HTTYD In 2020: Soundtracks That Change Your Trajectory

Priya Sridhar
Feb 27 · 3 min read

I started collecting movie soundtracks for writing in about 2010. Pandora and its random singles weren’t cutting it. I need full films or plays to get the entire joy.

How to Train Your Dragon has the best movie soundtrack I’ve heard, in the first two films. It stimulates creativity and joy. Certain numbers will bring on the feels, always. That’s why I consider it so important for the movie.

The HTTYD Movie Soundtrack

At first glance, the first How To Train Your Dragon movie seems goofy and comical. You see bristly hair that looks too stiff. The music, however, is rightly wistful and dangerous, showing how Vikings take on the night.

Hiccup’s instrument is a pennywhistle, showing his eagerness and how he stands out. Astrid gets a violin, which reveals both her prickly and her soft side. Toothless has moments where bagpipes represent his fury, and his decisions to show mercy instead. I can’t go into a full analysis, but it is amazing.

The whole soundtrack balances the joy of Hiccup’s discovery with real stakes about if his father catches him with a dragon. He falls with Toothless but keeps getting back up. Astrid sees the world from high up and becomes entranced by flight. A soft piano notifies us that Hiccup needs to recover from the climactic battle, as he’s lost a limb.

The second movie takes it a step further by having Stoick sing. He and his wife dance to a melody that later gets incorporated as a leitmotif. The same melody that makes Hiccup smile later makes the rest of us cry when it’s set to a funeral. Powell integrates everything to make a cohesive whole.

John didn’t put in the same work for movie three, sadly. It’s all typical action film stuff, without the wistfulness of the previous two movies. I listened to the soundtrack once, and it didn’t hold me. That makes a person sad. I can only recommend the first two soundtracks. Fortunately, there is always music in the franchise.

Alex Rybak’s Dragon Songs

The best part about listening to the soundtracks on YouTube was that they link to surprises. One example was finding this music video from a Norwegian violinist and singer. His name is Alexander Rybak, well-known on the other side of the pond.

Alex Rybak is the Norwegian voice actor for Hiccup. He wrote one song for the second movie, and another that was inspired by Toothless. The man is a professional musician, polyglot, and a really good dance. Rybak also bears an uncanny resemblance to Hiccup with the brunette hairstyle.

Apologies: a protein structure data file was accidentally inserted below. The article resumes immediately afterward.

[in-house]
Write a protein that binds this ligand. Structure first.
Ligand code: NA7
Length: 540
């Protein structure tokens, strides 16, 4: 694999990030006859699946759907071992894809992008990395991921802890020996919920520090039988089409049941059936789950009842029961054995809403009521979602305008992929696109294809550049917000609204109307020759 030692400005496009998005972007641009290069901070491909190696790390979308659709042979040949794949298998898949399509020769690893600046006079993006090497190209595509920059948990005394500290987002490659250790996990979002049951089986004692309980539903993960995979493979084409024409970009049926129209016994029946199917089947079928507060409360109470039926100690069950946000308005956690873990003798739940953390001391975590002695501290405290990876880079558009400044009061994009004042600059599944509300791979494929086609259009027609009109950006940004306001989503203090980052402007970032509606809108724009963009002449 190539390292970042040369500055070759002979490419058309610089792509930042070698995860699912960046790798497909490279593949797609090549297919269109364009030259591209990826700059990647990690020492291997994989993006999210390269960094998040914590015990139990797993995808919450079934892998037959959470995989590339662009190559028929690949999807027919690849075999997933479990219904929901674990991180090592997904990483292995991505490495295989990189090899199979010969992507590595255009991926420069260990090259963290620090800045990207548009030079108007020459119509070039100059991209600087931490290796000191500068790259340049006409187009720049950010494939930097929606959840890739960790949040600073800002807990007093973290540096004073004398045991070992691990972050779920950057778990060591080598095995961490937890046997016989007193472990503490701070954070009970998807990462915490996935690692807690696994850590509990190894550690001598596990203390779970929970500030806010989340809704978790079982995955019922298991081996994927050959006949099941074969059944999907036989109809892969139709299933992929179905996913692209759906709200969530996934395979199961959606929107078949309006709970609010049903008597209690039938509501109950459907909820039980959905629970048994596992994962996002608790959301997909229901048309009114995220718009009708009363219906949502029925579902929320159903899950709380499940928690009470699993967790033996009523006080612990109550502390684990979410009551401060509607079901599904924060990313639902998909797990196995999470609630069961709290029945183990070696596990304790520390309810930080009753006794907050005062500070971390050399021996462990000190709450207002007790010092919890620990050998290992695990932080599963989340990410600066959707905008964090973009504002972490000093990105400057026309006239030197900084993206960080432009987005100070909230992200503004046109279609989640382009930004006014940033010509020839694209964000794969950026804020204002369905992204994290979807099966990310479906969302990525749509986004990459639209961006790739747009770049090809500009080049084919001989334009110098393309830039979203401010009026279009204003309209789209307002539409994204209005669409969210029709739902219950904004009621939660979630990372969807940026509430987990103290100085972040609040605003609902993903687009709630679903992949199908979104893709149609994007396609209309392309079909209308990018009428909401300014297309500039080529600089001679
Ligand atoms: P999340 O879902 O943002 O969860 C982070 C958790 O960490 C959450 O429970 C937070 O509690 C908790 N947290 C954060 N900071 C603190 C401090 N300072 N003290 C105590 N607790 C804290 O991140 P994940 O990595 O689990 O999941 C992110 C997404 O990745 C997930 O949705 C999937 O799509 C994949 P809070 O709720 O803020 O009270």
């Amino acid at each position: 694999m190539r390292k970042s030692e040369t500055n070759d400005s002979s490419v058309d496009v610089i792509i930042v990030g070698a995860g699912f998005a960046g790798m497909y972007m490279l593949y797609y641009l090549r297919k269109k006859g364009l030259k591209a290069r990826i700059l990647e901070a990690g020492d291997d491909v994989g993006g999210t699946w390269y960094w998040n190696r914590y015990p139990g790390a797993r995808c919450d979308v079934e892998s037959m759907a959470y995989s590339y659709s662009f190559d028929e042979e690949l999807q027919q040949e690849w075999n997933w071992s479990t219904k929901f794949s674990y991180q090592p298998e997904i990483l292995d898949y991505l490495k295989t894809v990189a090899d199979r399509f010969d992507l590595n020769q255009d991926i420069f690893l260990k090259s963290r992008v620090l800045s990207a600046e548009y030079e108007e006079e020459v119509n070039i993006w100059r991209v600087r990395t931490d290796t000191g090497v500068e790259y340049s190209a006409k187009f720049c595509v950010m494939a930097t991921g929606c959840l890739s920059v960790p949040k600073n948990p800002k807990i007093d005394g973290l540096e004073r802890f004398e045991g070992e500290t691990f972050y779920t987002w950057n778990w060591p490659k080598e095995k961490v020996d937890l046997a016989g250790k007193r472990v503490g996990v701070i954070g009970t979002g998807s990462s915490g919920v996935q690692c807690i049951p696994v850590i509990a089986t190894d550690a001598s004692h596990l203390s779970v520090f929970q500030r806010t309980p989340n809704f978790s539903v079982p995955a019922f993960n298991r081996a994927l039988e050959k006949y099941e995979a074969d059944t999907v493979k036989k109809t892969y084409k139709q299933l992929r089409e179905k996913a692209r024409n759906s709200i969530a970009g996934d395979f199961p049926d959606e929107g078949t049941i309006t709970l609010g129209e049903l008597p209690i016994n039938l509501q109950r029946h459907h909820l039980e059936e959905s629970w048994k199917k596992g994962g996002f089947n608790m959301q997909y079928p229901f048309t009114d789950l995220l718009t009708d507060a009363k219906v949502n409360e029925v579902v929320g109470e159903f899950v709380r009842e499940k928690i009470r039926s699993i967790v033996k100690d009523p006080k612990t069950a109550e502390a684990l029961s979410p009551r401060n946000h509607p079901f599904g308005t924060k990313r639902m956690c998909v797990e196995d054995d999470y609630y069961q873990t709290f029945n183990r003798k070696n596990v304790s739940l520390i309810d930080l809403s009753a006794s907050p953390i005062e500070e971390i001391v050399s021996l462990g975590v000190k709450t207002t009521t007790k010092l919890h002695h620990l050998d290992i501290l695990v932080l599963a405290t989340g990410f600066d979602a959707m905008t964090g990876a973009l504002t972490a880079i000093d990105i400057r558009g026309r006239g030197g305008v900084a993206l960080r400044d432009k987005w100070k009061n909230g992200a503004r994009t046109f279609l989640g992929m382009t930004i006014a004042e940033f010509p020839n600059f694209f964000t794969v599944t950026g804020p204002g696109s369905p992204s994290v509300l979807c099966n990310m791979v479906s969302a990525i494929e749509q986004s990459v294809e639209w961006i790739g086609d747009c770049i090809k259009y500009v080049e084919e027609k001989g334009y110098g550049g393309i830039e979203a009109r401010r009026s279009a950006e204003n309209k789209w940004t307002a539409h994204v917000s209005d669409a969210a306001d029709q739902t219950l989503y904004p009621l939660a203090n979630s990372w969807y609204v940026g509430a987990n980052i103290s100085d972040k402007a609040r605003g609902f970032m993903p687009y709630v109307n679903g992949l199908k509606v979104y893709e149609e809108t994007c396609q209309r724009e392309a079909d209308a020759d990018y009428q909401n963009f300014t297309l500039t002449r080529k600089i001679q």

“Into a Fantasy” nails the joy of the second movie. Hiccup keeps flying and enters a world he’s never seen before; the nest of the Bewilderbeast. In the process, he finds his mother again and reunites her with his father by accident. His life has more joy in it.

His second song is more morose, from the point of view of a Hiccup who has lost his Toothless. I don’t consider it third movie-wise because it could also apply to the books. Alex sings about waiting for Toothless to return, for the joy and the sparks. His Hiccup is melancholy but hopeful, knowing that he and Toothless are destined to reunite. Alex also does all the instrumentals and vocals.

I recommend listening to his music if you aren’t already. Alex is so bubbly and peppy, that he will inspire people as well.

Fan Songs

Dear Honey Lemon is a really cool friend to have in the fandom. She‘s a stellar artist and a great singer. I recommend listening to her work.

Her song, which is a dark reprise of Stoick and Valka’s song in the second movie, gives a voice to the grief that Hiccup and the audience are feeling. It’s painful, in a great way.

It’s the inspiration that makes HTTYD memorable. We always find new things from which to draw hope. Music is one such way, to take us out of this world and onto the cliffs of Berk.

Priya Sridhar

Written by

A 2016 MBA graduate and published author, Priya Sridhar has been writing fantasy and science fiction for fifteen years, and counting.

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